Putting mindfulness to work for educators
Ben Harris is an English teacher at Liberty High School, and a Ph.D. student in Bellarmine University's Leadership in Higher Education program. Both are located in Louisville, Kentucky.
For many educators, getting up for work can be a task, and more, getting through the day can be equally as tough. If it takes you a while to get energized, then consider a few simple activities to give your morning the boost you need to get through the day. As few as five minutes (or more) can enhance job performance, life vitality and overall well-being. According to the National Education Association, many teachers struggle to cope with job stress and thus are at increased risk of burnout. This article discusses how meditation, mindful breathing and stretching can prepare you for a long day of classes, meetings and deadlines.
Meditation is one way to enhance job performance. A 2014 study at the University of Tokyo, Japan, revealed a positive association between meditation and job performance, engagement at work and overall job satisfaction. In addition, meditation can also improve overall happiness. Russell Simmons, an entertainer, entrepreneur and author, has been an advocate for using meditation to improve overall quality of life and career success. He recently wrote a book titled "Success Through Stillness," which takes readers through the ways meditation can enhance mental clarity and support inner peace. Quick, easy reads such as these can be helpful to educators and students.
In an interview promoting his app, Meditation Made Simple, Simmons said, “The first, most important thing about meditation is happiness. You become a happier person when you meditate.” Russell Simmons has attributed a significant amount of his success to meditation and is only one of the long list of celebrities to practice it. Other notable entertainers who practice meditation include Phil Jackson (famously nicknamed “Zen Master”), Paul McCartney and Oprah who embarked on a 21-day Meditation Experience in collaboration with Deepak Chopra on March 25. However for those who do not like meditation, there is a simpler method.
A modified approach is mindful breathing, or using breathing techniques to enhance life vitality. The Greater Good Science Center (GGSC) at the University of California, Berkley, describes mindful breathing as a way to lower anxiety, minimize negative emotions, and improve concentration. GGSC suggests deep breathing for 15 minutes a day for at least a week to achieve maximum results. Their website provides a simple, step-by-step process that can be done anywhere, at any time. It even provides a guided meditation audio file, produced by the Mindful Awareness Research Center at the University of California Los Angeles, as an additional resource to support the exercises.
Another deep breathing resource can be found with none other than Super Bowl champion tight end Rob Gronkowski. His company Gronk Fitness Products published an article to explain the benefits of deep breathing to enhance everyday life and health. The article also describes signs of improper breathing, types of breathing and includes a range of breathing tips that can be used for specific exercises. According to NPR, deep breathing has been linked to improved heart, brain, digestive and immune system function, as well as overall stress reduction. Whether at home, in the car or on campus, mindful breathing can be just what you need first thing in the morning.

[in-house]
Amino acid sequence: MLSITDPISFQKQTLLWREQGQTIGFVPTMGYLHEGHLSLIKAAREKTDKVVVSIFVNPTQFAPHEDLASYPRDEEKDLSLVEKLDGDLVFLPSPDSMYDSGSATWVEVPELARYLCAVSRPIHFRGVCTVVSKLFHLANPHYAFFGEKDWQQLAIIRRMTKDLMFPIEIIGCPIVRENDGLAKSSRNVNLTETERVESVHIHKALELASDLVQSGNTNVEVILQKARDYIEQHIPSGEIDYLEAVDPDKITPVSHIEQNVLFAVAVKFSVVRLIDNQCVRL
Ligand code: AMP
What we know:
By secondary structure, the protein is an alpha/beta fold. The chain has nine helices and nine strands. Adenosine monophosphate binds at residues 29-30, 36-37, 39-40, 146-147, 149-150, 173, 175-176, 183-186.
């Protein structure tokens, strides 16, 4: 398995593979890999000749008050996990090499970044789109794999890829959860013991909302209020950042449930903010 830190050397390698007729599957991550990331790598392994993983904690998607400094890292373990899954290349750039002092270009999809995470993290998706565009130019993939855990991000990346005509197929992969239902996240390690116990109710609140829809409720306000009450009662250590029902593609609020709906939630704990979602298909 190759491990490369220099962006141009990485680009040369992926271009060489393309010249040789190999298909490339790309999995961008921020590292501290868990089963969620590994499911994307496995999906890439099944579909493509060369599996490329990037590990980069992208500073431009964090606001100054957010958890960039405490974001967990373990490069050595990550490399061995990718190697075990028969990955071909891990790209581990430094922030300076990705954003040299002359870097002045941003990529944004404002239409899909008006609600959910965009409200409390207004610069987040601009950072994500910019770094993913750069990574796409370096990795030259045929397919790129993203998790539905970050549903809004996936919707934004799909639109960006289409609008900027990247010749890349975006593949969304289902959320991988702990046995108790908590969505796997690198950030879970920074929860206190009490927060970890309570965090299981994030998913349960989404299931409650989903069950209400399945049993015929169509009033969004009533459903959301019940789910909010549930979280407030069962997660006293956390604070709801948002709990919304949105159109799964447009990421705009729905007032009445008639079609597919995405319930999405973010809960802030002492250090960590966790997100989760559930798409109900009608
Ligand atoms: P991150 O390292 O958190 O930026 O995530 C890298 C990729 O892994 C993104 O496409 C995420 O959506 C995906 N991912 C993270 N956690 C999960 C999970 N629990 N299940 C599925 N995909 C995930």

The third and final suggestion, stretching, may not be quite as convenient but should nonetheless be part of your daily routine. In an article for CNBC Make It, Dr. Mehmet Oz described the benefits of stretching and stated that if there was only one self-care task he could choose to do daily, it would be morning stretching. He recommends at least seven minutes each morning so that even the busiest of people can make a commitment. According to Harvard Health Publishing, stretching can help combat muscle tightness as a result of sitting for extended periods of the day.
Likewise, educators on their feet for long periods of time should consider stretching to improve physical productivity and reduce the risk of injury. It may be an understatement that most people in academia are familiar with walking long distances on campus. Physical therapist Kimmi Dao, with Coury and Buehler Physical Therapy, describes how stretching first thing in the morning can help decrease aches and pains, sustain energy levels during the day and improve brain activity. Her article also provides low-intensity stretching exercises that can be done in little to no time, before going to work or class.
Meditation, mindful breathing and stretching go hand in hand, and should be done regularly to get the most out of them. While beneficial at all times of the day, doing them in the morning can make you a more prepared and resilient student, faculty member or administrator. Life gets busy and you may not have more than a few minutes to set aside, but any time beats no time at all. Integrate them into your daily routine and remember that the more you practice, the more you results you will get. If these exercises are not quite your style, try mindful observation, mindful listening or consult a healthcare professional for more personalized recommendations. After all, it is your health, so why not invest in it? Your education community will thank you for it.